http://www.scottish.parliament.uk/parliamentarybusiness/report.aspx?r=9952&i=91372

Public Petitions Committee 12 May 2015      Attendance
Convener

*John Pentland (Motherwell and Wishaw) (Lab)

Deputy convener

*David Torrance (Kirkcaldy) (SNP)

Committee members

*Jackson Carlaw (West Scotland) (Con)
*Kenny MacAskill (Edinburgh Eastern) (SNP)
*Angus MacDonald (Falkirk East) (SNP)
*Hanzala Malik (Glasgow) (Lab)
*John Wilson (Central Scotland) (Ind)

*attended

The following also participated:

John Buston
Neil Findlay (Lothian) (Lab)
Karen Gray
Jamie McGrigor (Highlands and Islands) (Con)
Gil Paterson (Clydebank and Milngavie) (SNP)
David Stewart (Highlands and Islands) (Lab)

Clerk to the committee

Anne Peat

Location

The David Livingstone Room (CR6)

 Decision on Taking Business in Private The Convener (John Pentland): Good morning and welcome to the 10th meeting in 2015 of the Public Petitions Committee. I remind everyone to switch off their mobile phones and other electronic devices as they interfere with the sound system.

I have received no apologies for today’s meeting.

The first item of business is a decision on whether to take agenda item 4, on external research, in private. Does the committee agree to take that item in private?

Members indicated agreement.

 New Petitions  Local Authority Planning Appeals (PE1560) The Convener: The next item of business is consideration of three new petitions. The committee will hear from two of the petitioners. The first new petition is PE1560 from John Buston, on local authority planning appeals procedure. Members have a note from the clerk, a briefing from the Scottish Parliament information centre and a copy of the petition. I welcome the petitioner, John Buston, to the meeting. I understand that you want to say a few words before we move to questions.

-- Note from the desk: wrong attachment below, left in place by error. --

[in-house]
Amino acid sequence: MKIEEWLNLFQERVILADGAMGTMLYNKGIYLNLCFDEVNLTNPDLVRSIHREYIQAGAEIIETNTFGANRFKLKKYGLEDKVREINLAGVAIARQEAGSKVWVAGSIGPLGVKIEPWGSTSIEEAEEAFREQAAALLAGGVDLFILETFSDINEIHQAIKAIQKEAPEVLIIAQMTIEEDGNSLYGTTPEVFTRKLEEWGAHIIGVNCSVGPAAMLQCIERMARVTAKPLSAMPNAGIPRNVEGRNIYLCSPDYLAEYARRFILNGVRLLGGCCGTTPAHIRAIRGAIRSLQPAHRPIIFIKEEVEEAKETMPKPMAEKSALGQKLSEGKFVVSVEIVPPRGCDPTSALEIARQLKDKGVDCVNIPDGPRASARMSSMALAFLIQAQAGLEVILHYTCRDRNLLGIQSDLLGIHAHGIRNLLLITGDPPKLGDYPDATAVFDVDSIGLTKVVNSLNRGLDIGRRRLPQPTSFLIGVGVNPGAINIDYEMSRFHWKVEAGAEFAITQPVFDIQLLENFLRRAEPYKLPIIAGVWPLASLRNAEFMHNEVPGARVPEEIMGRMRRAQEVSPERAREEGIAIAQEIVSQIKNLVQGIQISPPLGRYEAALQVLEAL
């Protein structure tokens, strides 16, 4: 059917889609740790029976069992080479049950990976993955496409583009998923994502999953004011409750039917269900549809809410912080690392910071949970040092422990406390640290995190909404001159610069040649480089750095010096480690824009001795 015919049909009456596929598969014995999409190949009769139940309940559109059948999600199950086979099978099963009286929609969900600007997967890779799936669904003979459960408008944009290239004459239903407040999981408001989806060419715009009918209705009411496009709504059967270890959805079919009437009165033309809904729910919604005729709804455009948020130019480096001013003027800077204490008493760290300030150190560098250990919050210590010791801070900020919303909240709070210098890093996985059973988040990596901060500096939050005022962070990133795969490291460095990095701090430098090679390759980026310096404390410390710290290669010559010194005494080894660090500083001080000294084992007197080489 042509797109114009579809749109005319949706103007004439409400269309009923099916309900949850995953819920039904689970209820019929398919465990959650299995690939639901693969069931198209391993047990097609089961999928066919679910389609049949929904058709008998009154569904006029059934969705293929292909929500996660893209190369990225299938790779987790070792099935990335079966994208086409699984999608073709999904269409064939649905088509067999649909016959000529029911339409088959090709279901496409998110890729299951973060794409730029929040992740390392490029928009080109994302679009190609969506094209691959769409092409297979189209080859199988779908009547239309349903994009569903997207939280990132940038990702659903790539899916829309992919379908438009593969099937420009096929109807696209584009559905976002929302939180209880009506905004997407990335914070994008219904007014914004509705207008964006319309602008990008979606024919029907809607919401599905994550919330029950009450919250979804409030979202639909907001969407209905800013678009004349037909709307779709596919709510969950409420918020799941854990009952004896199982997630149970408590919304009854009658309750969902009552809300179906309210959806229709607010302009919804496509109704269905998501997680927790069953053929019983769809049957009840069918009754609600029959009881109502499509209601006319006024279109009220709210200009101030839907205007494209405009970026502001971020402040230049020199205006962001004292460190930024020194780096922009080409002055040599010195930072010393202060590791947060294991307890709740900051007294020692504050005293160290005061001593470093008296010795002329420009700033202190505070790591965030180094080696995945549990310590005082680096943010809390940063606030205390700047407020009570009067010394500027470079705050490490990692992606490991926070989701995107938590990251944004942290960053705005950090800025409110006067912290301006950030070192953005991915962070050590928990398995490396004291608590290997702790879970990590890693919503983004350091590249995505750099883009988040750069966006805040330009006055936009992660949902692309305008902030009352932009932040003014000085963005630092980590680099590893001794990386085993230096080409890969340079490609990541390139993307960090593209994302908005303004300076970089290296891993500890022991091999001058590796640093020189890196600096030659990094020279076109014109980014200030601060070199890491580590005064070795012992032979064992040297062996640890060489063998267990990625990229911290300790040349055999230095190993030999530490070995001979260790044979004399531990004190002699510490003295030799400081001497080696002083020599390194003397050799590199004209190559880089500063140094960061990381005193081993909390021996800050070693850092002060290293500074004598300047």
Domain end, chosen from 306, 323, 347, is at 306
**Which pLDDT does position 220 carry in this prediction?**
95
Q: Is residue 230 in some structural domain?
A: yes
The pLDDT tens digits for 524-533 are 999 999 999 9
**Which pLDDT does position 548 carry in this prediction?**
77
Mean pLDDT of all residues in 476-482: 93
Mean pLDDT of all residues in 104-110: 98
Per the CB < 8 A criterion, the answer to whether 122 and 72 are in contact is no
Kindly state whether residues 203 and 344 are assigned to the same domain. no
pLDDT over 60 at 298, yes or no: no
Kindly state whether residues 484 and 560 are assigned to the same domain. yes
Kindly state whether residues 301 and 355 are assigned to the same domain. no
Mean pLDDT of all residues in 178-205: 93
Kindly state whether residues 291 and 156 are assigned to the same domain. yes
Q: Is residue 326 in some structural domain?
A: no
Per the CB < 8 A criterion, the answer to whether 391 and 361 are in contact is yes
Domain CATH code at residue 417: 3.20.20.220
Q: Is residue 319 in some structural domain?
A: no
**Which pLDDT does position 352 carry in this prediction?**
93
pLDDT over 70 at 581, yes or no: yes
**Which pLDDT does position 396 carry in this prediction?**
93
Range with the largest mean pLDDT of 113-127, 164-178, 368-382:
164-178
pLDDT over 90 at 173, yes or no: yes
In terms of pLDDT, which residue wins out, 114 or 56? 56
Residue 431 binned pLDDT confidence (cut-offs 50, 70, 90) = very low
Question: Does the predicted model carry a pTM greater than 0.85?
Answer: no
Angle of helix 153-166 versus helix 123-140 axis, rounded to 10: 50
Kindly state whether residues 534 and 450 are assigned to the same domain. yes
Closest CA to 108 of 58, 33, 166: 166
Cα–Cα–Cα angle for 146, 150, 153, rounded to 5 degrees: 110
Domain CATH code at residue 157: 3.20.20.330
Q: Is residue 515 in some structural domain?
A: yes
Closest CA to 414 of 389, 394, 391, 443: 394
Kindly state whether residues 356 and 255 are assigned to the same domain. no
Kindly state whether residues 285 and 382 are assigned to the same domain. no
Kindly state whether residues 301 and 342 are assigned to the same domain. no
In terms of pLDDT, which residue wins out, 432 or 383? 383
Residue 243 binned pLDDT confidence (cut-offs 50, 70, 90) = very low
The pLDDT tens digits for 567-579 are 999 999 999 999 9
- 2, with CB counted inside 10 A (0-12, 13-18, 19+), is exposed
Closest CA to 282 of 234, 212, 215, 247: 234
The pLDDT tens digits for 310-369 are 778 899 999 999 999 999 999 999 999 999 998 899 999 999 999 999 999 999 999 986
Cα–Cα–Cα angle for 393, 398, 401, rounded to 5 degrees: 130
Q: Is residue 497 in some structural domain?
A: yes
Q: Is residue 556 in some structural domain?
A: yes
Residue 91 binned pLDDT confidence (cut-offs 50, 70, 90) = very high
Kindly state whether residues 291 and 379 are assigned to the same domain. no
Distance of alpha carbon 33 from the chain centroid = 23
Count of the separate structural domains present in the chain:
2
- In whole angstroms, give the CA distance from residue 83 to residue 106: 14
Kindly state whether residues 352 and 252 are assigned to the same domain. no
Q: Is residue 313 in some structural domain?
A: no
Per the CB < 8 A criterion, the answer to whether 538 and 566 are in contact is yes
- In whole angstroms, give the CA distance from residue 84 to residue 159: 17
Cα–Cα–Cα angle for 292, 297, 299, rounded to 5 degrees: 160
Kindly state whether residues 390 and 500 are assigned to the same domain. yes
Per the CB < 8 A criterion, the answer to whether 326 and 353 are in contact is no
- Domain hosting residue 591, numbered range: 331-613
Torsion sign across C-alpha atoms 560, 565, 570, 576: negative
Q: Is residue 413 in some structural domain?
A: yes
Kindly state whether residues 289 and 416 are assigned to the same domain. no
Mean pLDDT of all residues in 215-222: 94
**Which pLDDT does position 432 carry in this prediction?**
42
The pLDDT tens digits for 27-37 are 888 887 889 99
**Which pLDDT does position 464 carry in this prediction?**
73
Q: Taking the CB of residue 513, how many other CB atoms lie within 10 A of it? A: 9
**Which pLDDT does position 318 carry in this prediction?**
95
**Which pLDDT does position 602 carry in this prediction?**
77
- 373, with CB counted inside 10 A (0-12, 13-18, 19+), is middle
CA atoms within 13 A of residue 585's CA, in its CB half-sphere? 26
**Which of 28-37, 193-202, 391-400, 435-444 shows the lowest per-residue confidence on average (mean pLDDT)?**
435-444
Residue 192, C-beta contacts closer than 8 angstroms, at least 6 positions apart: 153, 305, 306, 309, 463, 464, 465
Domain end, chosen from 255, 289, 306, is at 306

John Buston: I have one or two points that I want to make. Yesterday, I sent some diagrams to the committee—I believe that members have copies. I have set out the basics of the case on the three diagrams. The first flow diagram shows my recommendation. The council complaint procedure should be concluded and the inaccurate report of handling should be corrected right at the start of the process by the planning authority, before it is sent to the ward councillors. Something only becomes a decision by virtue of the fact that the ward councillors do not call it in—in effect, they take a decision before the appeal moves on.

There are two paths that a complaint can take. On my recommended path, a correct report of handling goes right through the whole system. If members look at the second flow diagram, which represents the current process, they will see that there are two procedures: the review procedure and the complaint procedure. The complaint procedure stops at the Scottish Public Services Ombudsman, because the SPSO cedes examination of the facts to the local review body.

The committee can see, on the second diagram, that the report of handling is corrected by the review procedure, which takes place after the decision has been made. When the report of handling, if it is called in, goes before the full council, it is possibly inaccurate—although I would expect the minister to correct it at the next stage.

The third diagram shows what actually happened in the planning application that I identified. It was inaccurate all the way through the process, because the local review body did not review the issue. I picked out one issue to make things simple—there were about 16 or 17—and to use as an example for the whole case that I am making.

I have summarised the situation on the last sheet:

“The LRB are only involved in the planning process by Ward Councillor determination and this involvement may not occur if an accurate ROH were available as a basis for decision. It is therefore inappropriate for them to be involved prior to the ROH being corrected.”

The other thing that I found a bit strange is that the LRB is professionally advised by the planning authority; there are doubts about whether the advice that is received on technical planning issues is sufficiently independent.

On the train coming down here this morning I noticed that members have a briefing paper that looks to be misleading as well, because it misses out the stage at which ward councillors are involved. It is not inaccurate, but it does not show the full picture. I would not expect SPICe to correct things, just as I would not expect the planning authority to correct a report that it has generated. That is the case that I am making.